Plants and Animals
Ixobrychus exilis Least bittern
Least bitterns are a small secretive marsh bird averaging 11 - 14 inches (28-36cm) in length with a wingspan of 16 - 18 inches (41-46cm). The crown, back, and tail are a vivid greenish black, while the neck, sides, and underparts are streaked with brown and white. Diagnostic characters include chestnut wings with contrasting pale patches and white lines bordering the shoulders. Because of the secretive nature and dense cover used by Least bitterns they are often easier to identify by their low dove-like call. Males give a fast series of 3- 5 "coo" notes, not unlike the Black-billed cuckoo (Coccyzus erythropthalmus). Females have been reported to respond with ticking calls, and the species will utter various cackles and "tut-tut-tut" calls when agitated or alarmed.
Status and Rank
US Status: No Status/Not Listed
State Status: T - Threatened (legally protected)
Global Rank: G4G5 - Rank is uncertain, ranging from apparently secure to secure
State Rank: S3 - Vulnerable
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Information is summarized from MNFI's database of rare species and community occurrences. Data may not reflect true distribution since much of the state has not been thoroughly surveyed.
Nests are shallow cups woven of dead cattails, bulrushes, or occasionally twigs and may have nearby vegetation bent overhead giving it the appearance of a handbasket. Nests are placed in tall, dense stands of emergent vegetation over water 4-30 inches deep (10 - 75 cm) and are typically only a few meters from a nearby opening.
Natural Community Types
For each species, lists of natural communities were derived from review of the nearly 6,500 element occurrences in the MNFI database, in addition to herbarium label data for some taxa. In most cases, at least one specimen record exists for each listed natural community. For certain taxa, especially poorly collected or extirpated species of prairie and savanna habitats, natural community lists were derived from inferences from collection sites and habitat preferences in immediately adjacent states (particularly Indiana and Illinois). Natural communities are not listed for those species documented only from altered or ruderal habitats in Michigan, especially for taxa that occur in a variety of habitats outside of the state.
Natural communities are not listed in order of frequency of occurrence, but are rather derived from the full set of natural communities, organized by Ecological Group. In many cases, the general habitat descriptions should provide greater clarity and direction to the surveyor. In future versions of the Rare Species Explorer, we hope to incorporate natural community fidelity ranks for each taxon.
The protection, management, and improvement of large shallow wetlands with robust growth of emergent vegetation is perhaps the most urgent conservation need of this species. Several authors have indicated that marshes with a 50:50 ratio of open water to emergent vegetation, often termed hemi-marshes, attract the highest densities and diversities of wetland birds. Managing wetlands for the hemi-marsh stage would improve conditions for Least bittern and other wetland birds. Wetlands should also be protected from chemical contamination, siltation, eutrophication, and other forms of pollution. Best management practices, such as filter strips, no-till farming, and conservation tillage, are valuable tools in protecting wetlands from pollution. Initiatives that encourage wetland restoration and protection on private and public lands have been effective at conserving habitat for this and other wetland-dependent birds. Federal programs funded by the Farm Bill, such as the Wetlands Reserve Program and Conservation Reserve Program, and the North American Wetlands Conservation Act are good examples of efforts that have had positive benefits for an array of wetland species. Changes in water quality could adversely affect the Least Bittern's prey base and increase the potential impacts from a nematode parasite (Eustrongilides spp.), which can devastate wading bird populations.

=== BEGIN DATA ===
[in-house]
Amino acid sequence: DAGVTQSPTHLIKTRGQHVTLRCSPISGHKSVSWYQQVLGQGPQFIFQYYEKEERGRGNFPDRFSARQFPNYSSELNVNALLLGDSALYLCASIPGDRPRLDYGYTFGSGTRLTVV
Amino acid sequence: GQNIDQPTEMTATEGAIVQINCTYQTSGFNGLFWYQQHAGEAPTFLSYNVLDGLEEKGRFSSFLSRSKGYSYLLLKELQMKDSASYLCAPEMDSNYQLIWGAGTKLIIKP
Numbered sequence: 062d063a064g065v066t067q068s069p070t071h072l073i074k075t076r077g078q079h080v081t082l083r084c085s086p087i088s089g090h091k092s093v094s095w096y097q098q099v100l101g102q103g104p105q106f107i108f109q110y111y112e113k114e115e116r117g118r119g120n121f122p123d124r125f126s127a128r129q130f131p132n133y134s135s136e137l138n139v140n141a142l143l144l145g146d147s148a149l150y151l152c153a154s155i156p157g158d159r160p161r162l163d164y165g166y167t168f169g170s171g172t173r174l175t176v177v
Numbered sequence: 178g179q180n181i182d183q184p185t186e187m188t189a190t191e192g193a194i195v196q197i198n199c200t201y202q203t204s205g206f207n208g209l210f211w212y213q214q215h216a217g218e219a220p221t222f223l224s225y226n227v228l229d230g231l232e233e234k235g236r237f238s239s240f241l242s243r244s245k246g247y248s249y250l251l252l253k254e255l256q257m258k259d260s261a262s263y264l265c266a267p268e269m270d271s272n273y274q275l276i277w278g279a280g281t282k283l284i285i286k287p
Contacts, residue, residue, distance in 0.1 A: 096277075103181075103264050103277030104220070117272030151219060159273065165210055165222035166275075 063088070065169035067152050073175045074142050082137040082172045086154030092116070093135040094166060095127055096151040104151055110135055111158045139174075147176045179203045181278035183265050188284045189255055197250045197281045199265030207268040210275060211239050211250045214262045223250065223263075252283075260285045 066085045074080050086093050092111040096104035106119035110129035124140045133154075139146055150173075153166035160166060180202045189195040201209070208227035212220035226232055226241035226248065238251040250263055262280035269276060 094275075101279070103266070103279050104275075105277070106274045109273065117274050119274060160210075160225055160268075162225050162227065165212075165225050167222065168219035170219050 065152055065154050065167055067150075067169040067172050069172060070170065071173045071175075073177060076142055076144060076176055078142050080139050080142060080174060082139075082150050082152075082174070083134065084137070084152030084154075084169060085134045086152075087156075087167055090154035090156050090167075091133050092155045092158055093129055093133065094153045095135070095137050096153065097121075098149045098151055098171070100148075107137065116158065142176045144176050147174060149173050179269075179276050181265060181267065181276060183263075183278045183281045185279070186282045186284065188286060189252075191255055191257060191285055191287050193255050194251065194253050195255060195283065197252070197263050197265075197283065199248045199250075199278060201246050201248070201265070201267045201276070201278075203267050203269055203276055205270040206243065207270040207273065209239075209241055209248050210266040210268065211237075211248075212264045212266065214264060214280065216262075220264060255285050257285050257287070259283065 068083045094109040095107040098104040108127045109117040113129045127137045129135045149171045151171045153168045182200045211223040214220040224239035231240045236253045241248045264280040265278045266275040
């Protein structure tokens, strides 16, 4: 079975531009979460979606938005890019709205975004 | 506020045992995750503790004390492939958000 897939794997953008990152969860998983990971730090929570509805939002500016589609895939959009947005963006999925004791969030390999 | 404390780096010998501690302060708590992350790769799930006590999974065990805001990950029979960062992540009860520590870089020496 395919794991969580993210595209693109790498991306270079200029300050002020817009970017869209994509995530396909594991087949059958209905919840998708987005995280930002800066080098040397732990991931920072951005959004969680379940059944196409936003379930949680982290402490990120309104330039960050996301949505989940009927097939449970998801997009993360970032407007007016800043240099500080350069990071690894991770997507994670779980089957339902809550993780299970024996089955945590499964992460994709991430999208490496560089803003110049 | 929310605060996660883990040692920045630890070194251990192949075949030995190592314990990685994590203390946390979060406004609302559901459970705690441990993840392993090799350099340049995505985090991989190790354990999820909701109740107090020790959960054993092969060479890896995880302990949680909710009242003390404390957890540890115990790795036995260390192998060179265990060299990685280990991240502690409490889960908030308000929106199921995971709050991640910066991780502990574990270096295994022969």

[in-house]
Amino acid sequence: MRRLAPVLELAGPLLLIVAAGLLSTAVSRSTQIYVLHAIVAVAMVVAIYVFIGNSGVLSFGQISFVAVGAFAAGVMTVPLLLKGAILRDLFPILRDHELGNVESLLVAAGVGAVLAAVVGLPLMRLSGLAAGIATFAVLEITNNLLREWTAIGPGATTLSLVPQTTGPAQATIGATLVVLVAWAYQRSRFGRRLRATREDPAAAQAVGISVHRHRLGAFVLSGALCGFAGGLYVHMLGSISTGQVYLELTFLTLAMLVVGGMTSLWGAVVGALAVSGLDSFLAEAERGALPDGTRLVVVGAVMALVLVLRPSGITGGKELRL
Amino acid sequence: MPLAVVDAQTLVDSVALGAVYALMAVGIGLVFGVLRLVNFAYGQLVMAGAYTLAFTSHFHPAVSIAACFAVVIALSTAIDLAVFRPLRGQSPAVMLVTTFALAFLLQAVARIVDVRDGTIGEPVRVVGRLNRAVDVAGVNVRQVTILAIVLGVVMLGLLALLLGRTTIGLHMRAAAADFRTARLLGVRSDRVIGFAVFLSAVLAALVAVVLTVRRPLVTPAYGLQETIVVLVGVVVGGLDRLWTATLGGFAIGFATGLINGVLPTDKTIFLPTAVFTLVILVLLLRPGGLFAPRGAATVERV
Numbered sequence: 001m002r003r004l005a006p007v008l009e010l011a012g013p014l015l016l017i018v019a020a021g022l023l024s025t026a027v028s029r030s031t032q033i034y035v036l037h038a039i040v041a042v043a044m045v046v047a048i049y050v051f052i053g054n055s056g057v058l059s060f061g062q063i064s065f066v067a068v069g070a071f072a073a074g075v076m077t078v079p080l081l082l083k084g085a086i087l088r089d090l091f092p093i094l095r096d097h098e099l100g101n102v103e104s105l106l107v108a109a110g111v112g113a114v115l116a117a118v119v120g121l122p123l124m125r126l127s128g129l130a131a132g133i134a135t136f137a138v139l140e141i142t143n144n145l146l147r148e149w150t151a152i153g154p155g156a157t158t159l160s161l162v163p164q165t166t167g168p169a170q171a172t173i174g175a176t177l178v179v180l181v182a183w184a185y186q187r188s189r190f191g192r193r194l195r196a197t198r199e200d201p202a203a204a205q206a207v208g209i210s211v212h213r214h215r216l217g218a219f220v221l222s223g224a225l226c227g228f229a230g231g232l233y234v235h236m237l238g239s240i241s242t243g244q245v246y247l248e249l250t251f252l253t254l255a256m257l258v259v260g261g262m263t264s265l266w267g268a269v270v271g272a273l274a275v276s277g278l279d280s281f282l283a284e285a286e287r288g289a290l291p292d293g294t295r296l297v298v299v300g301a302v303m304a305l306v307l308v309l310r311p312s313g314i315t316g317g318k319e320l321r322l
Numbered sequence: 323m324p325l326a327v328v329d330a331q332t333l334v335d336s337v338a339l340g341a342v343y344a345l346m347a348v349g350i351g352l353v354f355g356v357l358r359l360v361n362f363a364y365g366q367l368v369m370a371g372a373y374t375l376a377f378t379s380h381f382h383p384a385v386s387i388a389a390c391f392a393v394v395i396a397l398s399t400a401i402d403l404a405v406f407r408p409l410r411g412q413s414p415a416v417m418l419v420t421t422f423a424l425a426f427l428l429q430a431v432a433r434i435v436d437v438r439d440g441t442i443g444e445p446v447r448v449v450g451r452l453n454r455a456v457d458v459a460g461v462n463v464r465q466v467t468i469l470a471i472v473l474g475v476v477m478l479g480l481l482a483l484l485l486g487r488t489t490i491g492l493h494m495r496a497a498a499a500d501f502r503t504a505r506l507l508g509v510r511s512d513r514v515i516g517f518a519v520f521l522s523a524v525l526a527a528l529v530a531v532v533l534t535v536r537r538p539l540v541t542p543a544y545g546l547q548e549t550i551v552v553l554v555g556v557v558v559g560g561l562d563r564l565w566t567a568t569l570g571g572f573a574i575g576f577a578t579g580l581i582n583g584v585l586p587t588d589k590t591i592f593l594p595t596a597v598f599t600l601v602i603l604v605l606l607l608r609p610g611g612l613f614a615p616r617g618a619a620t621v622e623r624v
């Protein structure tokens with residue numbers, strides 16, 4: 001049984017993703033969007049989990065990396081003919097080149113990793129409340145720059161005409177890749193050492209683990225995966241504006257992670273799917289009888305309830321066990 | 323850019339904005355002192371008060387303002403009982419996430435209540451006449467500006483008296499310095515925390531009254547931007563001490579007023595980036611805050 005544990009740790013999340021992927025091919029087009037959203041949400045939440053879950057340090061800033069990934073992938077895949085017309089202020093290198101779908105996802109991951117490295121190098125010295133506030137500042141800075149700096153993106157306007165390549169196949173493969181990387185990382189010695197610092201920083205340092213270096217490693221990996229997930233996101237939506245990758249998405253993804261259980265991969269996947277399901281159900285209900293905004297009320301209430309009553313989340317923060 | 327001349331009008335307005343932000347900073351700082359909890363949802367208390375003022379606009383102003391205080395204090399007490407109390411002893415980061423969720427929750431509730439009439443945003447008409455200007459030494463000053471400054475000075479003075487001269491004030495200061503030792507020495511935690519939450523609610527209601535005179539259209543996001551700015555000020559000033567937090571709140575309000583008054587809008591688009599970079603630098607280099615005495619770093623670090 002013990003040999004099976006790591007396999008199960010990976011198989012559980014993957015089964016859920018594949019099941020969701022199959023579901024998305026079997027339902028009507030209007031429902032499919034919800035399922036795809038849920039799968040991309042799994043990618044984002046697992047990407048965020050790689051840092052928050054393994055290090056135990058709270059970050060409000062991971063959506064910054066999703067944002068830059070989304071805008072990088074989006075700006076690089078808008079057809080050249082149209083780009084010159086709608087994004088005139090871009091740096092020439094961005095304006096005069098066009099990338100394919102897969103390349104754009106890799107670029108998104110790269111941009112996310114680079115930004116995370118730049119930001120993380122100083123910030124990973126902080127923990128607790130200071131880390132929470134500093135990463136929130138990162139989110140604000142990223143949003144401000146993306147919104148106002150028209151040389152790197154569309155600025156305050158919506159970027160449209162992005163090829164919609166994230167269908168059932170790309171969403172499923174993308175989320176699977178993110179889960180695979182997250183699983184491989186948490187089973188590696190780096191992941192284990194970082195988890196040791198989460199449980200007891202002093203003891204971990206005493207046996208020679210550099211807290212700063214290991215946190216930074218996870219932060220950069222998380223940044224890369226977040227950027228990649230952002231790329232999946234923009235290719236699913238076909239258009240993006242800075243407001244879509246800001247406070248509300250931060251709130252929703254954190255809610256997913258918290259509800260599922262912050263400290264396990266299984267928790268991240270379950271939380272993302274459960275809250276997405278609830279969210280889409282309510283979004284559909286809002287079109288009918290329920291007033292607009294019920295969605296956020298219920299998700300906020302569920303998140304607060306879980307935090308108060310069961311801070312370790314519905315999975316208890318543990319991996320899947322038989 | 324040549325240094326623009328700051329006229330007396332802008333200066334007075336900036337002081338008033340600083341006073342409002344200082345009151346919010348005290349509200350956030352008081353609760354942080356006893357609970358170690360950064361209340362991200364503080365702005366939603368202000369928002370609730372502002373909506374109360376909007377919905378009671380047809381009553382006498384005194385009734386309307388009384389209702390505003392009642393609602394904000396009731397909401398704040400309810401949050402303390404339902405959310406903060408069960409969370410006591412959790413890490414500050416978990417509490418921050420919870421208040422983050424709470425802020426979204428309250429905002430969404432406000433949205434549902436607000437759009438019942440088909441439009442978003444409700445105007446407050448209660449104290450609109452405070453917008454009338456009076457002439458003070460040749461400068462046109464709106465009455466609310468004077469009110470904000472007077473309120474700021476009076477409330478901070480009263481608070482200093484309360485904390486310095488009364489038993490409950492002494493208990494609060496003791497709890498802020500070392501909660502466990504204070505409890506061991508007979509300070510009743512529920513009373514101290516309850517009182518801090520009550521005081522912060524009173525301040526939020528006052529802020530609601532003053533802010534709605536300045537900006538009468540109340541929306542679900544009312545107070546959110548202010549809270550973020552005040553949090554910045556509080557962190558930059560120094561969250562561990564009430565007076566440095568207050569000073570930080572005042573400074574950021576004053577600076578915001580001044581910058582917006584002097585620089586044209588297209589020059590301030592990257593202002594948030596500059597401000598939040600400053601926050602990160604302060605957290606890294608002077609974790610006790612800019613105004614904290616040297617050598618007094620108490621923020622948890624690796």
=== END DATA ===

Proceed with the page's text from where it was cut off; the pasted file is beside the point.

Migration from third week of April to second week of May
Migration from first week of September to fourth week of October
Nesting from second week of May to first week of August
Surveys are most successful when conducted during the early breeding season prior to incubation. As with many secretive marsh bird species, broadcasting conspecific calls can increase the effectiveness of surveys dramatically. Several surveys may be necessary to determine if Least bitterns are present because they do not call as frequently or as loudly as other birds. The breeding status, however, is best confirmed by searching emergent vegetation for nests and young between mid-June and late July. Least bitterns can be heard during the early morning and evening hours, however, responsiveness to call-response surveys may be higher in the morning and they are usually silent during midday and afternoon.
Broadcast conspecific call
Survey Period: From third week of May to fourth week of June
Time of Day: Morning (sunrise)
- Bibby, C.J., N.D. Burgess, and D.A. Hill. 1992. Bird Census Techniques. Academic Press, New York.
- Evers, D.C. 1994. Endangered and Threatened Wildlife of Michigan. The University of Michigan Press, Ann Arbor. 412pp.
- Monfils, M.J. 2003. Special Animal Abstract for Ixobrychus exilis (Least bittern). Michigan Natural Features Inventory, Lansing, MI. 6pp.